But the point That draws the most attention in the film is That these jumps do not seem to be a hand-held trick. It is true That jump scares are often the filmmaker's first strategy for intimidation, but the tension That Bertino exerts is not easily achieved. Many of the scenes, including the ones, involve the jumping of music drowning in suspension, and this Sound turbulence is not only enough to make the audience jump out of their seats, but also causes their bones to tremble.

8. The Lodge

BingMag.com 10 <b>Horror</b> <b>Movies</b> <b>That</b> <b>Have</b> <b>Amazing</b> <b>Sound</b> Design

  • Year of production : 2019
  • Director : Veronica Franz and Surin Fiala
  • Raton Tomitoz Score : 74 out of 100
  • Metacritic Score : 64 out of 100

"Cottage" is perhaps the most special film on this list because its narrative depends on its approach to Sound design. The film takes place in a snowy lodge where two children and their father's girlfriend (who will soon become their stepmother) are trapped during a blizzard. What follows is a shock to the viewer from the shock of paranoia, shock and fear. Grace, played by Riley Q, hears annoying noises at home at night and sees hallucinations from her past when she was a member of a cult.

Like many Horror films, much of the "cottage" Sound design It also benefits from the contrast between silence and sound. However, the film's directors, Veronica Franz and Surin Fiala, took a similar approach to Kubrick's "shine" when setting up the "cottage." The "cottage", like the hotel "Derakhsh", looks big and attractive at first, then its scary and not so attractive layers are displayed. The Sound design of this film similarly reflects this method of gradually exfoliating the truth with the appearance of special musical motifs, including playing an unforgettable version of the music "Nearer My God to Thee" while Grace He wanders around the hut in the dark.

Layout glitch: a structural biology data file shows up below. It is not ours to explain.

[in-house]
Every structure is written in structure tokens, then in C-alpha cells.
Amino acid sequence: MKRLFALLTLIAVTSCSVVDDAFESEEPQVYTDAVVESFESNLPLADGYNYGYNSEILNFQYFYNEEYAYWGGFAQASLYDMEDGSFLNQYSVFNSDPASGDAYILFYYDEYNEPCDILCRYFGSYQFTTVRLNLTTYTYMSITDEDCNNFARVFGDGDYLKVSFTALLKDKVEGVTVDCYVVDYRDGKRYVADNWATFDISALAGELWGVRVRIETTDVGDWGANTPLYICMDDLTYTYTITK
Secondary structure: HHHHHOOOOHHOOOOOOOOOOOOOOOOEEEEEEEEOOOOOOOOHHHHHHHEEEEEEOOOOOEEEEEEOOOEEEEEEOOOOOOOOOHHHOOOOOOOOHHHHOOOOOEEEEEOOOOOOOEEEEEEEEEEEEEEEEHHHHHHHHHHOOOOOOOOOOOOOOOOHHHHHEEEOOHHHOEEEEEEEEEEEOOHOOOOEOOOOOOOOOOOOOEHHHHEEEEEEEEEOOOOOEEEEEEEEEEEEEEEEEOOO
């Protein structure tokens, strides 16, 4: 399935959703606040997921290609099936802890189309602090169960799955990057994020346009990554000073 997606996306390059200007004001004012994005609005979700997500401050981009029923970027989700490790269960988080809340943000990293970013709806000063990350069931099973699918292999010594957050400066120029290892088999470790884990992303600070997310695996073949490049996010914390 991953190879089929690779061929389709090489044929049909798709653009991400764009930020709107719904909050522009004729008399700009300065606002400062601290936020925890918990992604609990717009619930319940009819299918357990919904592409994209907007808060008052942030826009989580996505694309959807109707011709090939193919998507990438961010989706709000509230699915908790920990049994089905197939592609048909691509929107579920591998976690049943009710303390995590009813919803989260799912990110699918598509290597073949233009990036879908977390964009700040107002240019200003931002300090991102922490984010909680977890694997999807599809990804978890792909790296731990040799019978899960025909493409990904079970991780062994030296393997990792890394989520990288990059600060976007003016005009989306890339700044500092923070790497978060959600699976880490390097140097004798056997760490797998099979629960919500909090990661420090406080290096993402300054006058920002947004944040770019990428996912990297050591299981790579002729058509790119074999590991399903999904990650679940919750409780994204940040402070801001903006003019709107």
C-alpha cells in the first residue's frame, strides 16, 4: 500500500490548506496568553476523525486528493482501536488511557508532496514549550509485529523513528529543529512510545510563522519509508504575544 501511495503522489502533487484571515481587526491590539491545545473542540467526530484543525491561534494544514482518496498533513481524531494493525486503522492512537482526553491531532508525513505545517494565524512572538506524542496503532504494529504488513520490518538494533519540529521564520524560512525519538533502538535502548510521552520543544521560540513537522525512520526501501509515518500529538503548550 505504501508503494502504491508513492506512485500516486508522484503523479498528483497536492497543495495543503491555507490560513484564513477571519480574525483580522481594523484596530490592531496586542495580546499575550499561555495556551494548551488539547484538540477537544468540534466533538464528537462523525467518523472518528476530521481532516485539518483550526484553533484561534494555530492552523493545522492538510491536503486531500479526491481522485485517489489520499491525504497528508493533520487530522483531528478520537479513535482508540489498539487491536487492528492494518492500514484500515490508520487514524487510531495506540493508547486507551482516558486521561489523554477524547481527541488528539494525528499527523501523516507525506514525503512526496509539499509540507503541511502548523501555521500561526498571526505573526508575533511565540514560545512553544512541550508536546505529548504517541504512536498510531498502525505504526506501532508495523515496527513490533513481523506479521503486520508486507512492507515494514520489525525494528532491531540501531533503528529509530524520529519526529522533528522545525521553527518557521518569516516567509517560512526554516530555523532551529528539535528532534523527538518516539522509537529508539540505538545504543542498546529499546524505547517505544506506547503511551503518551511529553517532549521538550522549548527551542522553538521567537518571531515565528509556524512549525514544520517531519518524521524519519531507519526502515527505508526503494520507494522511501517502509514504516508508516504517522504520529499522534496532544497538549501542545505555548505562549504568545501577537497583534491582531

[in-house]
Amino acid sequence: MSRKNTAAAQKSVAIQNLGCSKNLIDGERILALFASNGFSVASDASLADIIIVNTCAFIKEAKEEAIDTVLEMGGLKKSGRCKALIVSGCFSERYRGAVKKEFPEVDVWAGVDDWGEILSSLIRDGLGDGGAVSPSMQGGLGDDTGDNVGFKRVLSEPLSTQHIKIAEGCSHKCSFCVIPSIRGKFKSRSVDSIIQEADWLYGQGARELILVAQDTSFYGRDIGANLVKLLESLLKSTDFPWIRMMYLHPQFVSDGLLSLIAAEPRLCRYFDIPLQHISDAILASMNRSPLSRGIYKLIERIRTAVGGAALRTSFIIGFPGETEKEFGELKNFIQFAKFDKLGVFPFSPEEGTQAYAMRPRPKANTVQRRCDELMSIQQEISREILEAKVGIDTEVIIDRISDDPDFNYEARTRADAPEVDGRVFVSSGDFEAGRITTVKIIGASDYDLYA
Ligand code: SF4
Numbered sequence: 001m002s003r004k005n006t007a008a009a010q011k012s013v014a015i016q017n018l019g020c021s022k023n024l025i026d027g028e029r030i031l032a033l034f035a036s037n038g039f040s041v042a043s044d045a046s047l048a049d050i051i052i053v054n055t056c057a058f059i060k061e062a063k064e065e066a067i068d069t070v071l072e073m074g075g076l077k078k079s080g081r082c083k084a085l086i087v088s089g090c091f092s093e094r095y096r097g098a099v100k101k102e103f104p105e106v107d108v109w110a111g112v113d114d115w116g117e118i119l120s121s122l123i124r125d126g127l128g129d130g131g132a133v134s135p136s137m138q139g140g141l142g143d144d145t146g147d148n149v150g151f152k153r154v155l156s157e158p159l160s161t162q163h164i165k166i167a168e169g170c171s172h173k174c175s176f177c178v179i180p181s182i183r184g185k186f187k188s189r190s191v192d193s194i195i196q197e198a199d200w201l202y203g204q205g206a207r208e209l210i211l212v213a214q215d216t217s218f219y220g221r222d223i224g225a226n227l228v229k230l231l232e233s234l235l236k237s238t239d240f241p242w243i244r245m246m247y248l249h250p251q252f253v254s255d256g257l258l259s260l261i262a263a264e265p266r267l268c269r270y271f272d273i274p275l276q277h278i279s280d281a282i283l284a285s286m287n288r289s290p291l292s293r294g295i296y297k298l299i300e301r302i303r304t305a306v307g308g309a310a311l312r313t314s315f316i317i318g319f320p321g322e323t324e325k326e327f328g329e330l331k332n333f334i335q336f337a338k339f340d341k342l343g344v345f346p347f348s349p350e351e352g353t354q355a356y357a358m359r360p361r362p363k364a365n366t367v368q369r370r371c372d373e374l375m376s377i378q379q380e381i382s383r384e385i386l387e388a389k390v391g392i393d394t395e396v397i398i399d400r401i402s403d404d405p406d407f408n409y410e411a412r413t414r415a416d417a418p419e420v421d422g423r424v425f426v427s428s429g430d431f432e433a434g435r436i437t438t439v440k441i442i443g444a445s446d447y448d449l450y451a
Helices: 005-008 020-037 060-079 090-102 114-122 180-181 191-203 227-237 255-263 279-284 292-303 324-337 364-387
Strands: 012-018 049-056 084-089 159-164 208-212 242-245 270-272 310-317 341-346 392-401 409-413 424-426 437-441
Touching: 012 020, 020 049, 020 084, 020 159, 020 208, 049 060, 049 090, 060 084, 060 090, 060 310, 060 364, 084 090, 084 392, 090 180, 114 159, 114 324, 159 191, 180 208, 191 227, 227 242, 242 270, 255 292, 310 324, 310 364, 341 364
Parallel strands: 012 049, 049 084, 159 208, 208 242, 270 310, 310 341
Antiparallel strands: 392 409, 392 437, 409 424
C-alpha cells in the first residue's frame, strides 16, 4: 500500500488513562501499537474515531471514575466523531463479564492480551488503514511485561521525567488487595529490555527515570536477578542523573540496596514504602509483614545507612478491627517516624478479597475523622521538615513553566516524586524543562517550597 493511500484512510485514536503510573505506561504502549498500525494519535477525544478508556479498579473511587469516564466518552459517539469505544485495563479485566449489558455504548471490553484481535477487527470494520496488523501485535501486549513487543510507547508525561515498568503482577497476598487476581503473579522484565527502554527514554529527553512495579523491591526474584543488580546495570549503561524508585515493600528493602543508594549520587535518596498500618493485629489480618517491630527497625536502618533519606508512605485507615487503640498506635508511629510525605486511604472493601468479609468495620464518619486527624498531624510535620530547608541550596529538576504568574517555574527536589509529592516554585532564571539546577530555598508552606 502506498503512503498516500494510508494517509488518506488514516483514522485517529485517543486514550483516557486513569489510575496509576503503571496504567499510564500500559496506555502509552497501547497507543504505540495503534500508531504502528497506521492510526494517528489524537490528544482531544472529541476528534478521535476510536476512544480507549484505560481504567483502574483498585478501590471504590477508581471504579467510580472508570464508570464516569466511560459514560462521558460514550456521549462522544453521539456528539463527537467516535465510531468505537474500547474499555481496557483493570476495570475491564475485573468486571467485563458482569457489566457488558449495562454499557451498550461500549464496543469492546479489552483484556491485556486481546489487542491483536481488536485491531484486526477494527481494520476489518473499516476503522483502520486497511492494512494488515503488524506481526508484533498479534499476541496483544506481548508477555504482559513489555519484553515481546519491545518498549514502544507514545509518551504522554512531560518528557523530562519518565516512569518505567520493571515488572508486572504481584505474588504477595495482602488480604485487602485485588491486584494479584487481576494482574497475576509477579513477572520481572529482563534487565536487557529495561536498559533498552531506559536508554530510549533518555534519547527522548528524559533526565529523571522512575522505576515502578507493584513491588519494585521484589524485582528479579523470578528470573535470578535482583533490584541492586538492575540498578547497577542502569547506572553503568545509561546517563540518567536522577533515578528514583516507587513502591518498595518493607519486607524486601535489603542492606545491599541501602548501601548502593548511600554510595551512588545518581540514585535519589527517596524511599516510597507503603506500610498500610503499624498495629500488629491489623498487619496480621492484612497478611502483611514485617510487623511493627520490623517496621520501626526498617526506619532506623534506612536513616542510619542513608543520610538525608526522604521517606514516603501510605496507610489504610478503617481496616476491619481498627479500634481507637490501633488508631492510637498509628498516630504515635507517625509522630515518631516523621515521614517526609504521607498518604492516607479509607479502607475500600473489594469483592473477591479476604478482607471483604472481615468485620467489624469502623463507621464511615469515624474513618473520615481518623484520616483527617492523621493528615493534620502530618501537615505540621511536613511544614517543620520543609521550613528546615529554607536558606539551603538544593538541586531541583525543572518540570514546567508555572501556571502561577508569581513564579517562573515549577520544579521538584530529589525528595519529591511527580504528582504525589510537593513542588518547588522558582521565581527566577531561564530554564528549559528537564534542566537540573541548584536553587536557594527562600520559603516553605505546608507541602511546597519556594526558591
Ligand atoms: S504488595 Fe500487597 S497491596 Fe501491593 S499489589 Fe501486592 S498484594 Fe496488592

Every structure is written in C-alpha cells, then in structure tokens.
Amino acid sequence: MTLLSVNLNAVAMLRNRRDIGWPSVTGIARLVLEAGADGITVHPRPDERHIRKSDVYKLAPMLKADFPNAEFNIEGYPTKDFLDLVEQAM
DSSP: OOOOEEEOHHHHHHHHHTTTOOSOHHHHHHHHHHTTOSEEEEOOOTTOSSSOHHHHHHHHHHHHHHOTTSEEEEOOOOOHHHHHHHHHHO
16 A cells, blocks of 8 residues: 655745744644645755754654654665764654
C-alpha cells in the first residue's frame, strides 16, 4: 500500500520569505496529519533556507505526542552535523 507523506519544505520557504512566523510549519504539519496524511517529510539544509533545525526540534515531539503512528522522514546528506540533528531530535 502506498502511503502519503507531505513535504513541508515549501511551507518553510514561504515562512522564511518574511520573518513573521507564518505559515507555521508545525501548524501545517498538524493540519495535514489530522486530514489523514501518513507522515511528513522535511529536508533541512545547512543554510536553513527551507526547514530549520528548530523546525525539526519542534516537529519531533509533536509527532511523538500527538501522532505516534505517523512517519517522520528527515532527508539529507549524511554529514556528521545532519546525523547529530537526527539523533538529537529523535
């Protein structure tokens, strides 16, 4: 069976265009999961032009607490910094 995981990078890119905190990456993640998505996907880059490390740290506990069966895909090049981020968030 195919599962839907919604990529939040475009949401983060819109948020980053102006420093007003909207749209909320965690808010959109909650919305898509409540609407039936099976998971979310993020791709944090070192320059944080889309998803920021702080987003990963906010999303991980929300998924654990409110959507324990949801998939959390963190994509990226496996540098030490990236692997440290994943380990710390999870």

Just like "Wind," the film's Sound design is directly related to Grace's mental health and gradual mental breakdown. But the Sound design in this film goes beyond That and is directly related to his past psychological traumas in the cult. The viewer then wonders if something supernatural is happening in the cottage or if it is Grace who is gradually taking revenge on her. It is the use of these motifs That distinguishes the "cottage" and gives us a direct insight into Grace's inner dialogue, without the need to say a word from the actor.

9. Cat People

BingMag.com 10 <b>Horror</b> <b>Movies</b> <b>That</b> <b>Have</b> <b>Amazing</b> <b>Sound</b> Design

  • Year of Production : 1942
  • Director : Jacques Turner
  • Raton Tomitoz Score : 91 out of 100
  • Score Metacritic : 62 out of 100